When you’re planning your trip to Western Canada, everyone will rave to you about Banff National Park and the beauty of its abundant mirror lakes and snow-capped peaks. I agree with this sentiment completely – in fact, I’d even go so far as to say that Peyto is one of the most mesmerising turquoise bodies of water I’ve ever seen, while Hector Lake is one of the most tranquil.
But what about Jasper National Park? Occupying the northerly section of the Icefields Parkway, Jasper is just as wonderful and offers just as much to see as Banff. Arguably Canada’s greatest national parks, I love them both in equal measure, but Jasper is sometimes given a raw deal. Visitors give the park less time or worse – they miss it off their Alberta itineraries altogether because it’s not quite as accessible as Banff (which is less than two hours from Calgary International Airport, while Jasper is four hours from Edmonton). To prove it’s worth the effort and deserves as much fuss as Banff, here are seven reasons why I love Jasper:
Jasper is bigger…
…but its town has a smaller population than Banff. In fact, with its 4,250 square miles, Jasper is nearly double the size of Banff, and its town (population: 4,051) has almost half as many inhabitants. In a nutshell: it has more amazing ground to cover and less people to compete for space with – which perfectly leads me onto my next point.
Jasper is a lot less commercial than Banff. The town itself feels like a time warp – a colleague of mine returned recently for the first time in over 20 years and he said it was equally charming on both visits. The key sights are a lot quieter too, while the distinct lack of packed tour buses makes experiences feel more laid-back. And even though the underdeveloped hiking trails in Jasper may be harder work than those in Banff, they’re much more likely to make you feel like a pioneer.
When we visited in June, we spent two hours walking through the Valley of the Five Lakes (six miles from the Jasper townsite) and didn’t see a single soul. It felt like we were the only two people on earth, with only each other, and a miniscule chipmunk, for company. Bliss.
It’s where the Icefields Parkway starts (or finishes)
Anyone with a driving licence and a burning desire to hit the open road would be mad to visit Western Canada and not take on the Icefields Parkway. And to complete the full 144-mile run, you need to visit both Jasper and Banff. This glacier-studded route starts just a few miles south of Jasper town, and finishes at the Trans-Canada Highway just after Banff’s Lake Louise.
You’ll encounter more wildlife
Due to its remoteness, you’re more likely to see wildlife in Jasper than you are in Banff. In fact, when we went, we had three separate encounters with bears in just one day. We also saw abundant elk, chipmunks and, although we (thankfully) didn’t see any in the wild in Jasper, we heard murmurings of grizzly bear sightings around the townsite. You can’t get much closer to nature than this.
There’s Maligne Lake
So Banff has plenty of incredible ‘M’s’; Moraine and Minnewanka to name but two, but Jasper’s Maligne is undoubtedly the best of the bunch. For one, it’s got stats on its side: it’s the biggest natural lake in the Canadian Rockies and the second largest glacier-fed lake on earth. It’s also home to the world-famous Spirit Island which, rain or shine (or in our case, snow), is easily one of the most magical spots on the planet. Moisture from the mountains hangs in the air here, and I felt dwarfed by their snow-dusted peaks as we raced around the dock that overlooks the island. Despite the cold, my heart warmed at the sheer enchantment of the place – it had an almost dream-like, ethereal quality to it that I haven’t experienced before or since.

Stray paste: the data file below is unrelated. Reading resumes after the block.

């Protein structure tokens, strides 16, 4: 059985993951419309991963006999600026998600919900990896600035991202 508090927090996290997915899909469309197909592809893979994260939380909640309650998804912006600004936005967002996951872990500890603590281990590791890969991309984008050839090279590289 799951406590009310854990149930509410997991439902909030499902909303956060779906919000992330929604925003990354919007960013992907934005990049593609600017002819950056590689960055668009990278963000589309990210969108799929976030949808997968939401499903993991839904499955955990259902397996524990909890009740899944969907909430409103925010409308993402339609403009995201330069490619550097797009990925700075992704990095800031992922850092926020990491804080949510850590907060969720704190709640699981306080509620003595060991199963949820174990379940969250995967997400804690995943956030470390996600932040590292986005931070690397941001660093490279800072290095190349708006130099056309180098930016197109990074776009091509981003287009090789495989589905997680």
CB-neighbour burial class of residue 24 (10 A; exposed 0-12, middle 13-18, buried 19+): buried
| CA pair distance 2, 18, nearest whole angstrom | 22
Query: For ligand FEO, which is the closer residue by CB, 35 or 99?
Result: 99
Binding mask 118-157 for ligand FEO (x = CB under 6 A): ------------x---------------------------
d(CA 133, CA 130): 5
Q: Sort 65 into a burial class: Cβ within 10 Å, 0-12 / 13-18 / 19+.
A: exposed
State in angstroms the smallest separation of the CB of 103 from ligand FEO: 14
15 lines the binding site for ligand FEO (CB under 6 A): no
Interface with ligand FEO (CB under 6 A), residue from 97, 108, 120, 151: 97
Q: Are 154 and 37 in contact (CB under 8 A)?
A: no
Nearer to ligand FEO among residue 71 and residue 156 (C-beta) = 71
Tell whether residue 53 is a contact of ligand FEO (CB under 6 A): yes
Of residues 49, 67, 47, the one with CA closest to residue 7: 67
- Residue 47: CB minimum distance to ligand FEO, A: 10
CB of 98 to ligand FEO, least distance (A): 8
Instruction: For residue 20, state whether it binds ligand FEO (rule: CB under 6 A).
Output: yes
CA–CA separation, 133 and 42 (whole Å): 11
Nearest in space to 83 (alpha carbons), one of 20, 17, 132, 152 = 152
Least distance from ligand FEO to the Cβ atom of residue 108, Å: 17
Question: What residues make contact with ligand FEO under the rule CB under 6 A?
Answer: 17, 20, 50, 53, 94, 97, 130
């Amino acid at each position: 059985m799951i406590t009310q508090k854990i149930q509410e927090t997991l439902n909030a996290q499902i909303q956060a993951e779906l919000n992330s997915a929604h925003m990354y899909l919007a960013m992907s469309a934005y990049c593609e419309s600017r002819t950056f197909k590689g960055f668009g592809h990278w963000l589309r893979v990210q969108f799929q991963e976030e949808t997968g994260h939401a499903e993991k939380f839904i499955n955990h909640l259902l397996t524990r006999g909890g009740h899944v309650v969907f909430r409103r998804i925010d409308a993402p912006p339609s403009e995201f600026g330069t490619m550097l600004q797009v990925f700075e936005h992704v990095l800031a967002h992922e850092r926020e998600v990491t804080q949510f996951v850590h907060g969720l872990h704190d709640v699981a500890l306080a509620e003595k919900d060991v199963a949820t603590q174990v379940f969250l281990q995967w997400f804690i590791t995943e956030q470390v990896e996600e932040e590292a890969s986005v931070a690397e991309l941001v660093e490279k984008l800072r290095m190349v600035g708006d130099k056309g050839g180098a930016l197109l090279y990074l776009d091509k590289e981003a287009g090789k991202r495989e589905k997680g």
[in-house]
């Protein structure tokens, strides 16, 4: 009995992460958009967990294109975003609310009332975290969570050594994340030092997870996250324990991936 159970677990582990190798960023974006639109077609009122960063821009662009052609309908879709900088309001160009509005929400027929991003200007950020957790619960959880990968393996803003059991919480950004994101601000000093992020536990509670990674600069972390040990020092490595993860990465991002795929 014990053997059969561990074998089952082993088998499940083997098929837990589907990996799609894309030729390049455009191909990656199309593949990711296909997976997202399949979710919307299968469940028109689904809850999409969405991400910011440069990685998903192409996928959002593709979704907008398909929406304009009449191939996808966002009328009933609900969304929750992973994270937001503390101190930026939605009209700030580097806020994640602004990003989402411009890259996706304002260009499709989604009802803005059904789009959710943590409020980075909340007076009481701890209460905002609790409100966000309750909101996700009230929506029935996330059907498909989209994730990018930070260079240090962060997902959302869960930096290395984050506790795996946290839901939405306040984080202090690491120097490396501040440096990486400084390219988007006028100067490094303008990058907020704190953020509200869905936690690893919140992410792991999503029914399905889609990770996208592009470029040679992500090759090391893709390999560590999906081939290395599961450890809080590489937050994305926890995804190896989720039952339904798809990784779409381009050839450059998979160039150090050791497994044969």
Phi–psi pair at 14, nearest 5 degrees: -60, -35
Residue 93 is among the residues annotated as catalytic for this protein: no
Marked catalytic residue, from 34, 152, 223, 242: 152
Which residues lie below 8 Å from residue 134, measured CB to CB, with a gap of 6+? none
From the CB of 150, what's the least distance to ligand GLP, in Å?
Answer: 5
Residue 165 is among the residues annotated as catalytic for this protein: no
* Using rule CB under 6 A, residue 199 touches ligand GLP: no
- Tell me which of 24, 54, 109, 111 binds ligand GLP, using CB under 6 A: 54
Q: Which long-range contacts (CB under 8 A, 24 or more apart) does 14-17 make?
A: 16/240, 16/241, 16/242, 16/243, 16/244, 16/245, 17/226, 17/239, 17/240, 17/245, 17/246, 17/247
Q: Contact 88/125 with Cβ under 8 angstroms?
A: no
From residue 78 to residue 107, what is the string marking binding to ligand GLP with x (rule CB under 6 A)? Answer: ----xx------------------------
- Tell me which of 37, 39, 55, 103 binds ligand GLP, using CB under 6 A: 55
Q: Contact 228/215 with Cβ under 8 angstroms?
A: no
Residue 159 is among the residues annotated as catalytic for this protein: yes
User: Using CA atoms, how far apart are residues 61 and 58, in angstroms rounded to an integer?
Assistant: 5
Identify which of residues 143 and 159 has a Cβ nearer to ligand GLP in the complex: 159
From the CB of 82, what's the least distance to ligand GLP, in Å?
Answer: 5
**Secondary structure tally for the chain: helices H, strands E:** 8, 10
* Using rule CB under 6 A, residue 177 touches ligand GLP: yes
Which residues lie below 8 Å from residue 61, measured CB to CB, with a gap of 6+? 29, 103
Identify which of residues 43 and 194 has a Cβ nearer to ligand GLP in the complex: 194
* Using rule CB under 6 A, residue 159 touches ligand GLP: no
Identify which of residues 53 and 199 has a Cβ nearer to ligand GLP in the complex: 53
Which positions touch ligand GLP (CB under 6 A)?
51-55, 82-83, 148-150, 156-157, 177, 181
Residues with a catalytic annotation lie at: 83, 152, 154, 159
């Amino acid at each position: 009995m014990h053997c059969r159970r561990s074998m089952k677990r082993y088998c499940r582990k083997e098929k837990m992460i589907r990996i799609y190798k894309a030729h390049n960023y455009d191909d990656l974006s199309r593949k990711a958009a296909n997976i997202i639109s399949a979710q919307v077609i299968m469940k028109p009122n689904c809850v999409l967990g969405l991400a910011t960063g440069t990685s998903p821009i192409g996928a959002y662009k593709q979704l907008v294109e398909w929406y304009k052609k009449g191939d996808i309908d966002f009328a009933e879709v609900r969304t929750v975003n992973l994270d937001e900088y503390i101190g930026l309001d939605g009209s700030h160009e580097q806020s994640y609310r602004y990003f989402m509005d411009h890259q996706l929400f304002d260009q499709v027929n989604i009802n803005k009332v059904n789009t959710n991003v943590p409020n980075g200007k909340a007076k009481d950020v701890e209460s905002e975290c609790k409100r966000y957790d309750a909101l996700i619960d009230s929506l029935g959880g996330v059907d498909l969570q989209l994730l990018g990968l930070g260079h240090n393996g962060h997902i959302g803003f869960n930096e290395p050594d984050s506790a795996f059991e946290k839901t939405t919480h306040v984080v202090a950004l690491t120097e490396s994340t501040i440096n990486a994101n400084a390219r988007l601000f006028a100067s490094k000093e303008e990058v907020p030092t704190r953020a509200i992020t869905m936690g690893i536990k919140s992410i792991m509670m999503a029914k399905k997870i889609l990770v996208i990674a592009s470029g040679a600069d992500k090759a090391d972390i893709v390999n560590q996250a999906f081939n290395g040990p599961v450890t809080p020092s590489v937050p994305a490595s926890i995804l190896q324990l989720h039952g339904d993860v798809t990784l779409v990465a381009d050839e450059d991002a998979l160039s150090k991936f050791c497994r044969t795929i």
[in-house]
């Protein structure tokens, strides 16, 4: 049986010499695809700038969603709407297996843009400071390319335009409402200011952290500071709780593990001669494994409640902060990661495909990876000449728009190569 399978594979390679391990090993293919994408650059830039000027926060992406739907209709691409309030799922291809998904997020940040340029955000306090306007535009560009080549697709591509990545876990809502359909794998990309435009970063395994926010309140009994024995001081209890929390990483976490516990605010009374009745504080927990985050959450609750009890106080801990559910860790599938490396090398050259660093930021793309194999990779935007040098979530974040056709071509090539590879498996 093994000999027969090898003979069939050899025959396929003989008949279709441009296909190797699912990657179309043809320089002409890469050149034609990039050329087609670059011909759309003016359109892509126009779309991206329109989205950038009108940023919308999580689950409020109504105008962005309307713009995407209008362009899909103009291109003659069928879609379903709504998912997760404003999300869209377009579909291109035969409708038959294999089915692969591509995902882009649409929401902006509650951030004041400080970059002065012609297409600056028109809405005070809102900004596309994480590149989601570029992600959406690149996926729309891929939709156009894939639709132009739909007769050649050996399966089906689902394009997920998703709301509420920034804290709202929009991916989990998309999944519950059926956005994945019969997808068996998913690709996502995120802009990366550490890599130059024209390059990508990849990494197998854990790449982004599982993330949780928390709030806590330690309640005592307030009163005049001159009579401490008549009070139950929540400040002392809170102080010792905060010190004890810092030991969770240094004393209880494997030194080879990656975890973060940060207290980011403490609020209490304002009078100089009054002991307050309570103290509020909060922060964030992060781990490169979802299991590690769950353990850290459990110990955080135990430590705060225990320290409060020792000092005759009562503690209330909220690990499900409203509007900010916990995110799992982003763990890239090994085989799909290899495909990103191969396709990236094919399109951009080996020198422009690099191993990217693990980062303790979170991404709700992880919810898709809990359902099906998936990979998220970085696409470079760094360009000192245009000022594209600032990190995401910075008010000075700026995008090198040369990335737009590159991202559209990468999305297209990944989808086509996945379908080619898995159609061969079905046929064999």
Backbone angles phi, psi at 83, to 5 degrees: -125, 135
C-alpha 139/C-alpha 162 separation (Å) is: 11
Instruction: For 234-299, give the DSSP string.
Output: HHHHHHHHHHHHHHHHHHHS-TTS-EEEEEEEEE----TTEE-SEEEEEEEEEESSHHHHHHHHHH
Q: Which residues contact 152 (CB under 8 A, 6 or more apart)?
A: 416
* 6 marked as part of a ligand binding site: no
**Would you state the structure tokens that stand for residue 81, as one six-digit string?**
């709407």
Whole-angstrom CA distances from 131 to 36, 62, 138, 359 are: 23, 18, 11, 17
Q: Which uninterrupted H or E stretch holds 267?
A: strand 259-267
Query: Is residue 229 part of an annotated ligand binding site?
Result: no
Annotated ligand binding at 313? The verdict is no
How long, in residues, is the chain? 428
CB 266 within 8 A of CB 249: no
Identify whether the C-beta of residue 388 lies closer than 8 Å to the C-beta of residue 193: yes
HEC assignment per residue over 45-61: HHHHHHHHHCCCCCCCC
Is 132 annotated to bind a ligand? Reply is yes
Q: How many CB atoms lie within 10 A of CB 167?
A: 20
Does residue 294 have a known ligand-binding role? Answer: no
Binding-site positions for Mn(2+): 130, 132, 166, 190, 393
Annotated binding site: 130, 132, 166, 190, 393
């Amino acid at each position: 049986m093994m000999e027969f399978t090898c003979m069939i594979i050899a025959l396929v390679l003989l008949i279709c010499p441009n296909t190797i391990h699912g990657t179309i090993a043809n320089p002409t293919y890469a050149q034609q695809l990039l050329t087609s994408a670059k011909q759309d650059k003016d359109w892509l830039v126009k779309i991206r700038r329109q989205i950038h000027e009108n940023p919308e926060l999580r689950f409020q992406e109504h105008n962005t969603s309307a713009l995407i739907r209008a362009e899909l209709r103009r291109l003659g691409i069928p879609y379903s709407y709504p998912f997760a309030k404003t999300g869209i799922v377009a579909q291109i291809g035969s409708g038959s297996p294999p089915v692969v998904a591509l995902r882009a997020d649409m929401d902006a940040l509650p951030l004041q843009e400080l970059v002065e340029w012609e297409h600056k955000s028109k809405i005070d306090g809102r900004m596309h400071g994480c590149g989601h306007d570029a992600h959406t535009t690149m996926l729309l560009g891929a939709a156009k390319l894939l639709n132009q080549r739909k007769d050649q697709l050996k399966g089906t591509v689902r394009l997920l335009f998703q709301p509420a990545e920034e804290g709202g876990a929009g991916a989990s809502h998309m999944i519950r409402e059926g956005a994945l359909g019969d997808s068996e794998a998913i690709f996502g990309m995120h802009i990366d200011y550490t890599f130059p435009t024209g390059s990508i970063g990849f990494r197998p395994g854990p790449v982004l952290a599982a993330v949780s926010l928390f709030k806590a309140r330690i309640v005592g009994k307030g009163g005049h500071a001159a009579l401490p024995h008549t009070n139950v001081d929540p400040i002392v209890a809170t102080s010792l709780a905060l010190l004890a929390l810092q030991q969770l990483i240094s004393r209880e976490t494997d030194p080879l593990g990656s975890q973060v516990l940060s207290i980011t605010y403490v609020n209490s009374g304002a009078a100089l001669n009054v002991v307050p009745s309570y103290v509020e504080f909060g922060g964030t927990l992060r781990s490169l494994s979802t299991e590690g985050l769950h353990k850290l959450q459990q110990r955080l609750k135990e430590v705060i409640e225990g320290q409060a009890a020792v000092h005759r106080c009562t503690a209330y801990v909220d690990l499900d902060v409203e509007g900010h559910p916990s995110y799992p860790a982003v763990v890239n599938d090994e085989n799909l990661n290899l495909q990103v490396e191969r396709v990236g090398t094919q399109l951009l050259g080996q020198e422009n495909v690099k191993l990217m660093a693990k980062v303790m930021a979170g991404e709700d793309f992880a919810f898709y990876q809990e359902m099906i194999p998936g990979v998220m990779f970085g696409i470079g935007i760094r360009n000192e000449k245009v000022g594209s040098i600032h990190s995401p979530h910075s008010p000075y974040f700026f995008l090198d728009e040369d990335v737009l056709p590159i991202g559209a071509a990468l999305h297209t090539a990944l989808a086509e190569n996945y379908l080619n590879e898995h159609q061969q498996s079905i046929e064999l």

The boat trip out to the island is a secluded affair, but for those who want to go the extra mile (or 13) for more seclusion, you can even kayak or canoe to the island – and beyond – yourself. At the opposite end of the 13.5-mile-long lake is Coronet Creek campsite, where you can spend the night after your eight-hour canoe journey. Those who opt solely for the boat trip won’t even know the campsite exists, because motorised vessels are only allowed two-thirds of the way into the lake, to keep it as free from pollution as possible.
Sandwiches don’t come much better than those from Patricia Street Deli
After a morning spent rafting on the rapids of the Athabasca River (yet another reason to visit Jasper!), we were delighted to have received a great recommendation from a local: grab your lunch from the Pat Street Deli.
It took a little while to find the place when we got back to town, but, nestled behind a jewellers in Patricia Street, it soon revealed itself to us. Thankfully we’d just missed the lunchtime rush (we hear the queues go out the door at peak time) so walked straight in. All the workers were incredibly friendly, fun and sociable, and chatted to us about our travels as they built us each a custom mega-sandwich. I bowed to owner Glen’s expertise and let him create a masterpiece for me of his choosing. All I know is it was crammed with chicken, garlic mayo and more, and it was utterly delicious.
You can walk on a glacier
Stepping on an ice sheet that’s thousands of years in the making, having carved the postcard-perfect landscape into what we could see today, was incredible. Sipping from a frozen glacial river was even more so. The Columbia Icefields is probably one of Jasper’s busiest attractions, and it’s easy to see why – there aren’t many glaciers that are as accessible as the Athabasca Glacier, let alone visible from the road!